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Netflix posts strong earnings and takes aim at traditional movie theaters

Netflix posts strong earnings and takes aim at traditional movie theaters


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Back in April of this year, Netflix broke the news that it has reached 100 million subscribers. That gives it far and away the largest subscriber base of any global streaming video service. And all those paying customers have boosted Netflix’s revenue to new heights. Today the company announced that it made $2.785 billion in revenue for the second quarter of 2017. And it turned a tidy profit, reporting $66 million in net income, up about 50 percent from the same period last year.

The most important number for investors, of course, was subscriber growth. There, Netflix beat expectations: it added 5.2 million new customers in total during the second quarter of this year, versus its forecast of 3.2 million. 1.1 million of these new customers came from the United States, and 4.1 million came from overseas, where most of the company’s growth investments are focused.

In its letter to investors, Netflix highlighted the broad range of content it is now serving up. “The volume and breadth of our releases in Q2 exemplify our commitment to serve the desires of our diverse and growing audience,” the company wrote. “We premiered 14 new seasons of global Netflix original series, 13 original 2 comedy specials, 6 original documentaries, 2 original documentary series, 9 original feature films and 7 seasons of original series for kids.”

Netflix has already collected a number of Emmy awards, and it has helped shape the kind of programming made by traditional television studios. Now it wants to take aim at the film business. In its letter to investors Netflix wrote, “We understand that our approach to films - debuting movies on Netflix first - is counter to Hollywood’s century-old windowing tradition. But just as we changed and reinvented the TV business by putting consumers first and making access to content more convenient, we believe internet TV can similarly reinvigorate the film business (as distinct from the theatrical business). This year we will release 40 features that range from big budget popcorn films to grassroots independent cinema.”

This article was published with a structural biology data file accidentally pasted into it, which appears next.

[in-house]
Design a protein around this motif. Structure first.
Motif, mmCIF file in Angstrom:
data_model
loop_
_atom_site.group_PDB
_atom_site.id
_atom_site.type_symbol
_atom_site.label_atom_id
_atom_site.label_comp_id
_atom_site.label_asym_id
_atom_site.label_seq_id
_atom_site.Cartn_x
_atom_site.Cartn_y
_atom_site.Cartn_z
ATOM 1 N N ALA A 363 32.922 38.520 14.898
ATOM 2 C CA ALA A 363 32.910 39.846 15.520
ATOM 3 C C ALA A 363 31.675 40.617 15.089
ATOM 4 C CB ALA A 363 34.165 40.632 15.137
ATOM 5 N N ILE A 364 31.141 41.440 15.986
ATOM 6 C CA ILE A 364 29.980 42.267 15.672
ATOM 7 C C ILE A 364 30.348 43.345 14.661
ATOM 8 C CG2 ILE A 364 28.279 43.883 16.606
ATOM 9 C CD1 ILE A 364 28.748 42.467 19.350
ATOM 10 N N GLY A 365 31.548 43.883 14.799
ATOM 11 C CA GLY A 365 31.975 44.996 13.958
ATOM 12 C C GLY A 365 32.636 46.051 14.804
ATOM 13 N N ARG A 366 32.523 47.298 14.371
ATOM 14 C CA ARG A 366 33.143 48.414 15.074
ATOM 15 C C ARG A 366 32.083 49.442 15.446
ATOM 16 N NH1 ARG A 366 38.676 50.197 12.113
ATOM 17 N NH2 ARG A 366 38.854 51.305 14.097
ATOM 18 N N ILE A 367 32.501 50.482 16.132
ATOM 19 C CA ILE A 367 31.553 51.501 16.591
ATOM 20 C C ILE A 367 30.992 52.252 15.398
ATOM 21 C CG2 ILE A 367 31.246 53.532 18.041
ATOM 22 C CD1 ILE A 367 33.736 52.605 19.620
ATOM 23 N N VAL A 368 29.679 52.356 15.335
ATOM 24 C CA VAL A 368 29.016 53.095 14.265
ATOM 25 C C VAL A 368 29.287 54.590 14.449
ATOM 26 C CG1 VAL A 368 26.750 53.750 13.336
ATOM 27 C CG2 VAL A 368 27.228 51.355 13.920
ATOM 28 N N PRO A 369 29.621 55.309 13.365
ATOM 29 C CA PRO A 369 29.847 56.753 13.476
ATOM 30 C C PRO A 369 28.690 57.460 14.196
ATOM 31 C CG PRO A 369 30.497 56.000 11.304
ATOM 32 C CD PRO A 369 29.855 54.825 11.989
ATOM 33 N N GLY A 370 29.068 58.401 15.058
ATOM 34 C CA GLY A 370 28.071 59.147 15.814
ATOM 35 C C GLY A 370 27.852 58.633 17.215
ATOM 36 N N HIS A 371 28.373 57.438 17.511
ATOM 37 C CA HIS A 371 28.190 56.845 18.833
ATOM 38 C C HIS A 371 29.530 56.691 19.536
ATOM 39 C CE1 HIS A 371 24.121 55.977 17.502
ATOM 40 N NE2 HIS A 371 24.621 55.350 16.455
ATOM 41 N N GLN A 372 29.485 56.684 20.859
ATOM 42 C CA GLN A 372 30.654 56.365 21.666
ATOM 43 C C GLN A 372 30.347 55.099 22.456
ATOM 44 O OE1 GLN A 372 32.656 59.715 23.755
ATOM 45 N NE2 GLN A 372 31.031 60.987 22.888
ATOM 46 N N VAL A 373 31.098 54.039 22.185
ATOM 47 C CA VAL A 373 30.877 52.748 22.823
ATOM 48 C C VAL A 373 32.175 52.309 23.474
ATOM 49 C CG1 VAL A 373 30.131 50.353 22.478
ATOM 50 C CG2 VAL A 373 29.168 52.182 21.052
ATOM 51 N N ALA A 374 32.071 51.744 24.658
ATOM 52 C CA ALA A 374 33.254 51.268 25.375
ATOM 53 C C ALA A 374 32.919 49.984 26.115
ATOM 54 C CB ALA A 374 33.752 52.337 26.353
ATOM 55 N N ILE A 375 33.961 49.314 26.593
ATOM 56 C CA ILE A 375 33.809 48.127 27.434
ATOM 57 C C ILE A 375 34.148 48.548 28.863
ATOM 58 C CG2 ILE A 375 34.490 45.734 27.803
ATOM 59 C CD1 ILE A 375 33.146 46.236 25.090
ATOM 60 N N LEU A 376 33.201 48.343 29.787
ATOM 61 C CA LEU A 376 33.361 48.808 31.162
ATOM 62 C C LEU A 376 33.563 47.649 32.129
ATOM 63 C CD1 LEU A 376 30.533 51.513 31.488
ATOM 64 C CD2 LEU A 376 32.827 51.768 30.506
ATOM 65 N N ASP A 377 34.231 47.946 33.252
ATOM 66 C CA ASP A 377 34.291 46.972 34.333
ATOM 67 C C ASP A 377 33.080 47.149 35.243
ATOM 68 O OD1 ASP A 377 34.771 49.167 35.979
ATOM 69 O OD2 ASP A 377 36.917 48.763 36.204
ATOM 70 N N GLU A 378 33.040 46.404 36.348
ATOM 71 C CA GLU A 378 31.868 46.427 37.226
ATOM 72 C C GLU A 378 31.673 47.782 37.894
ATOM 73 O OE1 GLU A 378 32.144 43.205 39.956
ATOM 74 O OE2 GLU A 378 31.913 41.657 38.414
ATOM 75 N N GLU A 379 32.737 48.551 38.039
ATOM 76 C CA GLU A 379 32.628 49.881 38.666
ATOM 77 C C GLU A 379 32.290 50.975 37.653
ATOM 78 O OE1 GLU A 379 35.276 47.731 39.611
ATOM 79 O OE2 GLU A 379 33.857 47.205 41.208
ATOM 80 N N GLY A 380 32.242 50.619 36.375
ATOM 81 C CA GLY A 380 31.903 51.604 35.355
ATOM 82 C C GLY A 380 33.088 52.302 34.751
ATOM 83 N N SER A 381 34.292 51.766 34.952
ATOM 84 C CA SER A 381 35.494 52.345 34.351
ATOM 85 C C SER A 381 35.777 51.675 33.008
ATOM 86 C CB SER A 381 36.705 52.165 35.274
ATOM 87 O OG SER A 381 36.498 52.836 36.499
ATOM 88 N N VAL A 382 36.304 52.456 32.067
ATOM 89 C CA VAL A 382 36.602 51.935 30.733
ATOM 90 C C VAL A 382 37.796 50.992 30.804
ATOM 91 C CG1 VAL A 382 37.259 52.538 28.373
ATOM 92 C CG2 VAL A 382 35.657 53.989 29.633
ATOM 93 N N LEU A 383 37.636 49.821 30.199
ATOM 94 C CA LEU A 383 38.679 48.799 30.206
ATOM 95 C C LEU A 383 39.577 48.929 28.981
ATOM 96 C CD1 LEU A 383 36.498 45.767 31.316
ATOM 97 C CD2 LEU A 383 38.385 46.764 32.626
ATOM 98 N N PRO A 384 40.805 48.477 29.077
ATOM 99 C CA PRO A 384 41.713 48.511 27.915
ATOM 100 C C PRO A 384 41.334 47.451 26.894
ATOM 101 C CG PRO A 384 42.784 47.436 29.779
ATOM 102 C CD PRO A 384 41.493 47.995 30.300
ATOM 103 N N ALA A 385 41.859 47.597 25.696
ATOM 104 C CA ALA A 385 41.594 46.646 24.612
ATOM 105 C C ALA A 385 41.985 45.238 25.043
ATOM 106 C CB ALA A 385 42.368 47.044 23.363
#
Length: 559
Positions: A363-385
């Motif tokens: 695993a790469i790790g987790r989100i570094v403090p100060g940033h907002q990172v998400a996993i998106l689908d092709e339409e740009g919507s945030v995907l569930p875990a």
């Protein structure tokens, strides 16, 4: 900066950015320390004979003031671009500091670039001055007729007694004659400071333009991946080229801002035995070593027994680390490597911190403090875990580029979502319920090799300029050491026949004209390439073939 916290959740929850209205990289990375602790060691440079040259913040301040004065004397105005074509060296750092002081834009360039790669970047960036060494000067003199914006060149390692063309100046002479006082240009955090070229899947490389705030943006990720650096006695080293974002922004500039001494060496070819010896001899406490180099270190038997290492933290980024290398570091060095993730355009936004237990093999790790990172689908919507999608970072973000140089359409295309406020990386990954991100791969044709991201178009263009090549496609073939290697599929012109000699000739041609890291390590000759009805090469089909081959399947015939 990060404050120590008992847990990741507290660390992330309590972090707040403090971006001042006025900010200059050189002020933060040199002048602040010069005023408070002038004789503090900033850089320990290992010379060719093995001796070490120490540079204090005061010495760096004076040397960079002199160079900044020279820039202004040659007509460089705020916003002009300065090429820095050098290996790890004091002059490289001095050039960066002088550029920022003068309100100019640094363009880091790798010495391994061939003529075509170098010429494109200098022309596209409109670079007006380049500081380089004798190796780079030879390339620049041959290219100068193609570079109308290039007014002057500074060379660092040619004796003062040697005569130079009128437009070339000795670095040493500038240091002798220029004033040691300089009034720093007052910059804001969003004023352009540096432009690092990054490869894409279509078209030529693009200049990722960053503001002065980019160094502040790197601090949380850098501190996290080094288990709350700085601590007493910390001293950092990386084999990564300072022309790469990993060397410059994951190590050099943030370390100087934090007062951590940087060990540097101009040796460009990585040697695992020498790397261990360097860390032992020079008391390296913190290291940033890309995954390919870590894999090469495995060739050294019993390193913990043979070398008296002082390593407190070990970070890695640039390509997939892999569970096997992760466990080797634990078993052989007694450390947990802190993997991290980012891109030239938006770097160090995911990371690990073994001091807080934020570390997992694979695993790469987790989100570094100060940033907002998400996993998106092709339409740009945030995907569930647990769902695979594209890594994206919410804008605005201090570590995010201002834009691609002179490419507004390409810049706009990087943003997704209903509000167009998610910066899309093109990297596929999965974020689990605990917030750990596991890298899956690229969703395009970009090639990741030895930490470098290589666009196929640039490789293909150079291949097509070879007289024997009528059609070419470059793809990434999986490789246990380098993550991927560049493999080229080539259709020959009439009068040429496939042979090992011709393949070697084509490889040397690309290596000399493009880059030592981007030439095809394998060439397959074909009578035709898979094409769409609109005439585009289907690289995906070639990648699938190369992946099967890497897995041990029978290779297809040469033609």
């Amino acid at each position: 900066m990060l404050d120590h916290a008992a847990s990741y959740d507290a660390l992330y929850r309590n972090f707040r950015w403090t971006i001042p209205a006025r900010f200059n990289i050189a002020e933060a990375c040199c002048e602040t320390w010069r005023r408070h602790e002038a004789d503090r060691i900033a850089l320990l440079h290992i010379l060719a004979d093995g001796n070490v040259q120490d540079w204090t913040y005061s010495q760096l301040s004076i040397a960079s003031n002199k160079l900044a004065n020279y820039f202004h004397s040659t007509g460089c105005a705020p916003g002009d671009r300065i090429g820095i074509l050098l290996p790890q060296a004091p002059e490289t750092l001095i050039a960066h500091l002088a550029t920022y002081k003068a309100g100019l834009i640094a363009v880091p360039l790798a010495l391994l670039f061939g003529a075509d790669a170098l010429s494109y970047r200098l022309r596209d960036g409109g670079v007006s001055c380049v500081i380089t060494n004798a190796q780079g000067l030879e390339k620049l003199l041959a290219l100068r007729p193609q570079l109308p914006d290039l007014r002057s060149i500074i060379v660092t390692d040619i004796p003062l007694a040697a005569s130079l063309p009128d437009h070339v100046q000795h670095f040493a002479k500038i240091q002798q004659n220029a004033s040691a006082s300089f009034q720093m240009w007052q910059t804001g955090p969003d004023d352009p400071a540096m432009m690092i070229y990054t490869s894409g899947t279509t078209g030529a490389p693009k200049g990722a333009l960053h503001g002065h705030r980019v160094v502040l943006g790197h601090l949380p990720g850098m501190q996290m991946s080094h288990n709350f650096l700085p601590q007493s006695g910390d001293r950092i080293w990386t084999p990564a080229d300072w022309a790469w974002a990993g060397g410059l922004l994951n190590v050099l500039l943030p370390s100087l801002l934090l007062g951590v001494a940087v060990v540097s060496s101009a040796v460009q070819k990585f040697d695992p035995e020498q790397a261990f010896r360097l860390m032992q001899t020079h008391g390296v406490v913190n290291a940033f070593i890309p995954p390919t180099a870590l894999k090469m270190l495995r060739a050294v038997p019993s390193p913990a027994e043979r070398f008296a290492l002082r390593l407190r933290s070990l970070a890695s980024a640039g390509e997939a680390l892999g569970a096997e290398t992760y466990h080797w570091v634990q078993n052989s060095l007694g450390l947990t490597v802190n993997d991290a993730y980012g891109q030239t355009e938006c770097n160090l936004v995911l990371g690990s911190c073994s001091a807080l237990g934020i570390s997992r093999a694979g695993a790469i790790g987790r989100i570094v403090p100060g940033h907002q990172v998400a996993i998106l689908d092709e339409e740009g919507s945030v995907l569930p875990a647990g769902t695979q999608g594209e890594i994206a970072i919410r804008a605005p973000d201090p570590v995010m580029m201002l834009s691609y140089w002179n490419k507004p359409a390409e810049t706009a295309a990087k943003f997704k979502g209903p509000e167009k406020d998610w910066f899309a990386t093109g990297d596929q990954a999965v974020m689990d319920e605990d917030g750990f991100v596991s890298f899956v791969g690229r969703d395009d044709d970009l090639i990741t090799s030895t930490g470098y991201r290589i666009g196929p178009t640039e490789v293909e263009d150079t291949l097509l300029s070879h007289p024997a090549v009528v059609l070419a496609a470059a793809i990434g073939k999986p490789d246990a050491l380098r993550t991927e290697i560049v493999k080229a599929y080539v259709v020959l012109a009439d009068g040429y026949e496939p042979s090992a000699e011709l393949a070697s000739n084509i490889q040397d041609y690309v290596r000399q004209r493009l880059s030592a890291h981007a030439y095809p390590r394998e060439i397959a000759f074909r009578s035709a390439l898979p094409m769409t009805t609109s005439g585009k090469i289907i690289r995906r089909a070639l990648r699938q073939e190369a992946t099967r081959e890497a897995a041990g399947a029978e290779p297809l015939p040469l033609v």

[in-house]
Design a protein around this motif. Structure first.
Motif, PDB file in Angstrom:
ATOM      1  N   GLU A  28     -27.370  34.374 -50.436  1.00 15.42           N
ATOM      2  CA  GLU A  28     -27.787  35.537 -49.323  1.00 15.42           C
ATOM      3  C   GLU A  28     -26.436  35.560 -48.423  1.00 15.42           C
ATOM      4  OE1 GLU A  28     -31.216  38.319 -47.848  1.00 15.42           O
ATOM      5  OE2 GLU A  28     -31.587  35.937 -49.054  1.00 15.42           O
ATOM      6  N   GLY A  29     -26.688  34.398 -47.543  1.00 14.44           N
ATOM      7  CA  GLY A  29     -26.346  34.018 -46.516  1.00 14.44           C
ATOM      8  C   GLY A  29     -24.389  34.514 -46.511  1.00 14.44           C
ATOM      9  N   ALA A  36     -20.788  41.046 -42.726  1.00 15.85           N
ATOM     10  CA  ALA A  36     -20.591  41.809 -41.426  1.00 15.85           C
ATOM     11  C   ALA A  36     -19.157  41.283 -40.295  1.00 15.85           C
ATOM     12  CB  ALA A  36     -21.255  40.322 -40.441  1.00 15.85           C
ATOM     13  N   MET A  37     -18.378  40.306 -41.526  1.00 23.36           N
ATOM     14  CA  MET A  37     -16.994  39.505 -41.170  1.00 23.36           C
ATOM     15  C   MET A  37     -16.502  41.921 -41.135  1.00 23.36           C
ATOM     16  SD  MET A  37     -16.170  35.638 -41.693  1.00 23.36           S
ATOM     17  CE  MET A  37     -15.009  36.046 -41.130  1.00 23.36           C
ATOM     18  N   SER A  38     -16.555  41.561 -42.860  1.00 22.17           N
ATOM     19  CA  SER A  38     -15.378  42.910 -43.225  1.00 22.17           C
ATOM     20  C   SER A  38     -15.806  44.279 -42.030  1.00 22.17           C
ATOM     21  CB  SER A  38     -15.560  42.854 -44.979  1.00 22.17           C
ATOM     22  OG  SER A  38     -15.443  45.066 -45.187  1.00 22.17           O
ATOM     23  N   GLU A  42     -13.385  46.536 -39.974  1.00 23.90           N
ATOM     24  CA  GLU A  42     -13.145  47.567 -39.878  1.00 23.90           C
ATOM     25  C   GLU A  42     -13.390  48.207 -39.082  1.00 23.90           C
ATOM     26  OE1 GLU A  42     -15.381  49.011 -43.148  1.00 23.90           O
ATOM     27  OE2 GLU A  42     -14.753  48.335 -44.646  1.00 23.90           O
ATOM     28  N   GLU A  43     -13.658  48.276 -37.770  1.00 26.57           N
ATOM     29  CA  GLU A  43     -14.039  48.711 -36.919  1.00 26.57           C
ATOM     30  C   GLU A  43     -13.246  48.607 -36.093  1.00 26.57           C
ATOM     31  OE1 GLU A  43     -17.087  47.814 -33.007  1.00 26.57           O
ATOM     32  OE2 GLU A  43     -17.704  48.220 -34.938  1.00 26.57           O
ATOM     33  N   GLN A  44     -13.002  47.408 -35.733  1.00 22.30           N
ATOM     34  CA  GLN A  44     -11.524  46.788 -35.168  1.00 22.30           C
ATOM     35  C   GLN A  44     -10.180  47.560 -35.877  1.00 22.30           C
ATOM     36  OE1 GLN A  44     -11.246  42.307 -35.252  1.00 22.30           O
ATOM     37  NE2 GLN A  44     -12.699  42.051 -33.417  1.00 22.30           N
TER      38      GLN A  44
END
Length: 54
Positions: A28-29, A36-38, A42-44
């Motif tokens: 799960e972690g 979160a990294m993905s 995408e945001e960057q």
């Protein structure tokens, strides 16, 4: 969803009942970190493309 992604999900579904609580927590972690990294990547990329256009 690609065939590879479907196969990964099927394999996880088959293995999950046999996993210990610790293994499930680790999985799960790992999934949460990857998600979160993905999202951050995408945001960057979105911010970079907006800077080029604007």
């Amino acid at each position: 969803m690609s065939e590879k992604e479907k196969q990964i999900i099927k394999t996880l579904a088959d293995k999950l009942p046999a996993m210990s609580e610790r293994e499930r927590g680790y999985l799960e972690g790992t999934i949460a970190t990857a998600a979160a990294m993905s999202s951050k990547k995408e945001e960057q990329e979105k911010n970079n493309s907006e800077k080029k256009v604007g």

The company continues to invest heavily in original content, borrowing money to supplement its cash flow so that it can create more programming. Free cash amounted to -$608 million this quarter, compared to -$254 million for the same period a year ago, and -$423 million in the first quarter of this year. The company expects it will have free cash of -$2.0 to -$2.5 billion for the full year 2017. But with the share price near an all-time high, continuing revenue and subscriber growth, and modest profitability, the company sees no reason to stop taking on debt.